By Alan George
Drawing on quite a few visits to the rustic and interviews with a range of individuals, together with King Abdullah, Alan George describes how Jordan's quite solid monarchical approach, not like that during so much Arab nations, has allowed the halting improvement of civil society and maintained keep an eye on during the skillful co-option of competitors instead of heavy-handed reliance on its mystery police. what's lifestyle like? How do its parliamentary approach and political events paintings? How loose are the media? What are the longer term customers of this buffer "state with no nation"?
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Additional info for Jordan: Living in the Crossfire
Initially Abdullah suggested that he should rule George 01 10 19/8/05 • 4:01 pm Page 10 Jordan a unified Palestine and Transjordan or a merged Transjordan and Iraq. He settled for much less: Transjordan alone, for a trial period of six months and under British tutelage, together with an annual stipend of £5,000. In return, Abdullah promised to quash anti-French and anti-Zionist activity in the territory. To encourage the amir’s agreement, Churchill – who would later boast that he had created Transjordan by a stroke of his pen on a Sunday afternoon – appealed to Abdullah’s undimmed territorial dreams.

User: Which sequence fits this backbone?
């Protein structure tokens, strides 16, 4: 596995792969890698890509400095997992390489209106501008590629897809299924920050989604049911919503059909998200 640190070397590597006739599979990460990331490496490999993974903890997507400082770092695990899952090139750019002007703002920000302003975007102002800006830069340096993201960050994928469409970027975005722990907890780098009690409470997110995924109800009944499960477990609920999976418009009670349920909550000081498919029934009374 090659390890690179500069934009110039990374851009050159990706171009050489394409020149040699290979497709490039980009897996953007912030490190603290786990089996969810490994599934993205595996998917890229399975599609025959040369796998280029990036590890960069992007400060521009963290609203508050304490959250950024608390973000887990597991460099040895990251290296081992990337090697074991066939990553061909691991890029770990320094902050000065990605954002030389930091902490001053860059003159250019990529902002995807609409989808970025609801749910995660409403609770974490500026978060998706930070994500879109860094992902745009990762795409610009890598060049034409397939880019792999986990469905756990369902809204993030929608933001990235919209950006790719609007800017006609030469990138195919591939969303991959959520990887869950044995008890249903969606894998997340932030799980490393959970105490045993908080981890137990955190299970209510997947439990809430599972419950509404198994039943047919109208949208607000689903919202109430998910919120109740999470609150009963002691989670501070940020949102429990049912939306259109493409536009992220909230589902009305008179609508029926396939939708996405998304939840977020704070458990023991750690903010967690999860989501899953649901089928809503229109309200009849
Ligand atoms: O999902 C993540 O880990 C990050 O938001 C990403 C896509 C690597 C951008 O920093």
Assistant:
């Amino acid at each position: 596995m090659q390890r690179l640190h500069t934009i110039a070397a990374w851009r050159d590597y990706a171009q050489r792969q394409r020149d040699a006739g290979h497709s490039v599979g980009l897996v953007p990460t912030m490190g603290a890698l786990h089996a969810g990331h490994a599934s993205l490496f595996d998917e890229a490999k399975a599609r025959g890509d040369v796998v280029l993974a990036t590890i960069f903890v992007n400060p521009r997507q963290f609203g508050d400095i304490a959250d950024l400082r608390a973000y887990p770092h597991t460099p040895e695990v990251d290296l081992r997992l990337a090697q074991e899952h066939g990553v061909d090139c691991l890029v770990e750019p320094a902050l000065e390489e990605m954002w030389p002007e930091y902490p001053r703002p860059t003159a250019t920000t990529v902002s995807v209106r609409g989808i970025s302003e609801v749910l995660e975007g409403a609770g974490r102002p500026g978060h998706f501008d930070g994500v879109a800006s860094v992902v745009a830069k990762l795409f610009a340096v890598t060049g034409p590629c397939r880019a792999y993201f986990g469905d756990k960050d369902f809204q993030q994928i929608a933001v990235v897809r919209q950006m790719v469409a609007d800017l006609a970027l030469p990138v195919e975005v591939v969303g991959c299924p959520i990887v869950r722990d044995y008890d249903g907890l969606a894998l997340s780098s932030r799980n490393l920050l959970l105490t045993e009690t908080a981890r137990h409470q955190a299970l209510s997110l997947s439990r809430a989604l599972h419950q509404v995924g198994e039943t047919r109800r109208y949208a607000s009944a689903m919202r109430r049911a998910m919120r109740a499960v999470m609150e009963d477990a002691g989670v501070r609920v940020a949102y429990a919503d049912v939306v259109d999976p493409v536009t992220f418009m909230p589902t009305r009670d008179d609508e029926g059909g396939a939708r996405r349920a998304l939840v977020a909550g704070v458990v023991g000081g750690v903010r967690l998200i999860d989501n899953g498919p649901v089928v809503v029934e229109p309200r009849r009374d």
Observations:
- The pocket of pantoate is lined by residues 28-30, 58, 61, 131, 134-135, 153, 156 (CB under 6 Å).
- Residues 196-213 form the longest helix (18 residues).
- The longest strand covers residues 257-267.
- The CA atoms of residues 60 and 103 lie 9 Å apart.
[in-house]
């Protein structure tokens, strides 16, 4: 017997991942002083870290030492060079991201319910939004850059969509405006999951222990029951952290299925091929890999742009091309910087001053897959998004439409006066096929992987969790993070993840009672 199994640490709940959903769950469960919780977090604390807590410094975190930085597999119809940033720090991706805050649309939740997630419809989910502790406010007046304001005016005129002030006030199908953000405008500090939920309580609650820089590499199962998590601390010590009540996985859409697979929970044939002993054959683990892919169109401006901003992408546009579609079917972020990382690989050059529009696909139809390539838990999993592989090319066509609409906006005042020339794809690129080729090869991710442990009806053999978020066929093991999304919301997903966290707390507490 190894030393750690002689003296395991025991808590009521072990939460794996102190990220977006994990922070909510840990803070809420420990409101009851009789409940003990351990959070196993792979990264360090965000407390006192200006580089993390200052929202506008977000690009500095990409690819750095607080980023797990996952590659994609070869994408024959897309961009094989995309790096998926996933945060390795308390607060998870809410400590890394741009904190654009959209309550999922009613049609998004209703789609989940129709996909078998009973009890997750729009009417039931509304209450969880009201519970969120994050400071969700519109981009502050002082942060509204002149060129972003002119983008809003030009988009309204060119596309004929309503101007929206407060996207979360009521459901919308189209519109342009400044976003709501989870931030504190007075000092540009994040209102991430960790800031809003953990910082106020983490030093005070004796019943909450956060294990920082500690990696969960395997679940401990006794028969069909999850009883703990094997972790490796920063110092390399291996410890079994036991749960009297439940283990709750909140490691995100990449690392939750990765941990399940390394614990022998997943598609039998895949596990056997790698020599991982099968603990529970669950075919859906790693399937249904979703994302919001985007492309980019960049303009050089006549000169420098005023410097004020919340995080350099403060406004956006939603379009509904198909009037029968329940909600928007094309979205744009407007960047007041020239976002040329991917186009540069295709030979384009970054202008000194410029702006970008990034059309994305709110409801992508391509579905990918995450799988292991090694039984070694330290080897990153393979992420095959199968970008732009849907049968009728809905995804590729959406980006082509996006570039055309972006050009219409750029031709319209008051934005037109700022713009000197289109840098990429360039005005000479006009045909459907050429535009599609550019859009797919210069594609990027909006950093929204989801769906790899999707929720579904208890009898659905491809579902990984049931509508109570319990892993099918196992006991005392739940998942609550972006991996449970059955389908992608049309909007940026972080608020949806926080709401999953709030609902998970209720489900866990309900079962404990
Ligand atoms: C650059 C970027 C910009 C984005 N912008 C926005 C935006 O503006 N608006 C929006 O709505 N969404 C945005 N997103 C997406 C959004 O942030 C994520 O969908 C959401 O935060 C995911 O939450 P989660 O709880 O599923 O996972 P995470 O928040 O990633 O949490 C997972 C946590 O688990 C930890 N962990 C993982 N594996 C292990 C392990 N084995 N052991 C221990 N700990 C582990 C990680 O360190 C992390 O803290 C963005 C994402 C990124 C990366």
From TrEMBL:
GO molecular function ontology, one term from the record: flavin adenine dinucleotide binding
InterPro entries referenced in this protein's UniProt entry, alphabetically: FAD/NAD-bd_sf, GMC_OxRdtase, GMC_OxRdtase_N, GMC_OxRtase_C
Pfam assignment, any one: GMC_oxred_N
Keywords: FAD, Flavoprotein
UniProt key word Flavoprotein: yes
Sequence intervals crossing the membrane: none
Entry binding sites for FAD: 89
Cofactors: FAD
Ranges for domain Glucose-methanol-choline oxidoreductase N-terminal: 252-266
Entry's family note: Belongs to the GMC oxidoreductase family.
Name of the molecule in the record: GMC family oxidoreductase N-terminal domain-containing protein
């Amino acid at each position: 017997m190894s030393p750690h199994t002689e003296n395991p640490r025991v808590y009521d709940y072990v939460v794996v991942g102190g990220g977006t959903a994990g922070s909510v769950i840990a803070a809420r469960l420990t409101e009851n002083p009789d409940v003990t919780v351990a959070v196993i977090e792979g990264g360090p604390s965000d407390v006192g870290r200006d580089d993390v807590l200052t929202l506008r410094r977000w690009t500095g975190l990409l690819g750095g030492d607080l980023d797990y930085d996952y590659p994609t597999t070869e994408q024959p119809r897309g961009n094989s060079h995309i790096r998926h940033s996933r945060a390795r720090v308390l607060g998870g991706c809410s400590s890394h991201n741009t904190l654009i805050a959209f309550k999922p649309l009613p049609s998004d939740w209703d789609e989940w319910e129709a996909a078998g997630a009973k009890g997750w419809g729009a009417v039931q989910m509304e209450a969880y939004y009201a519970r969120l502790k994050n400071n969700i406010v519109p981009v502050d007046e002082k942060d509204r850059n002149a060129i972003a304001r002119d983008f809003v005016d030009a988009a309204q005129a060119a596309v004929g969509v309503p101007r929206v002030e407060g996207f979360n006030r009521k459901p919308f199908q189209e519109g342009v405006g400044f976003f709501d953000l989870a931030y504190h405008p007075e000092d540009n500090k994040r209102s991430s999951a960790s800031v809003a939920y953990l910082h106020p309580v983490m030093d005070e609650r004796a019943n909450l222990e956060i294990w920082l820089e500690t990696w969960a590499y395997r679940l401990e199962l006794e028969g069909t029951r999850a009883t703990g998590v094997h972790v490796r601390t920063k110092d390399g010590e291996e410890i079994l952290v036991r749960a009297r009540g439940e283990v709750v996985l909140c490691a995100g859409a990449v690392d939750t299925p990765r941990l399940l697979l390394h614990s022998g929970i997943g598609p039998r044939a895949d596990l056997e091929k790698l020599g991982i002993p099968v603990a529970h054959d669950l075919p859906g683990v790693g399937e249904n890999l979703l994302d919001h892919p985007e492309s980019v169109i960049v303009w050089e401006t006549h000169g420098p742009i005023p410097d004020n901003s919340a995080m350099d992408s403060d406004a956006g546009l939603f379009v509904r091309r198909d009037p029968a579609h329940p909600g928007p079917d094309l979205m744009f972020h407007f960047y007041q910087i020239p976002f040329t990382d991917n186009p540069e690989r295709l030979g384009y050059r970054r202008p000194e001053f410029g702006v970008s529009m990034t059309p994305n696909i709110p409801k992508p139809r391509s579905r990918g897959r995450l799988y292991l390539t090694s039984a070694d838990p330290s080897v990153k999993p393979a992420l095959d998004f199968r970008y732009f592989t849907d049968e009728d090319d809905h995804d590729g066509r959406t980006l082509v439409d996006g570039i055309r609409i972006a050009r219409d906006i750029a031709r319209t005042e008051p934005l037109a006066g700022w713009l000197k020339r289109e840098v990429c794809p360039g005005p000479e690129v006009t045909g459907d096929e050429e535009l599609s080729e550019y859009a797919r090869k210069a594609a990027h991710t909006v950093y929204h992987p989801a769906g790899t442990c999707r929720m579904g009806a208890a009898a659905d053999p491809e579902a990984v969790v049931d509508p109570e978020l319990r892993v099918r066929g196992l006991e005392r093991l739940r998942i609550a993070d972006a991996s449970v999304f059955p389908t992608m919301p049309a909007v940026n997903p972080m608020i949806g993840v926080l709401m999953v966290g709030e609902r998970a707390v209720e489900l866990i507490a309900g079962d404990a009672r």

Only the Arab Legion – whose British officers were under orders from London not to enter any part of Palestine reserved for the Jewish state by the UN – proved a match for the Israelis, expelling them from the Old City of Jerusalem and, with the Iraqis, holding the West Bank. Fighting continued until January 1949 and later that year Israel signed a series of armistice agreements with the Arab combatant states other than Iraq. The Palestine war dramatically altered Transjordan’s population, in number and structure.
In 1947 London declared its intention of relinquishing its mandate and handed the problem it had created to the newlyformed United Nations. On 29 November 1947 the UN General Assembly voted to divide Palestine into Jewish and Arab states with Jerusalem and its environs, including Bethlehem, to have international status. The UN vote, forced through by US pressure on smaller countries, was blatantly unfair. It gave the Jews almost 60 per cent of Palestine, including the most fertile areas, at a time when they formed only 30 per cent of the population and owned less than 8 per cent of the land area.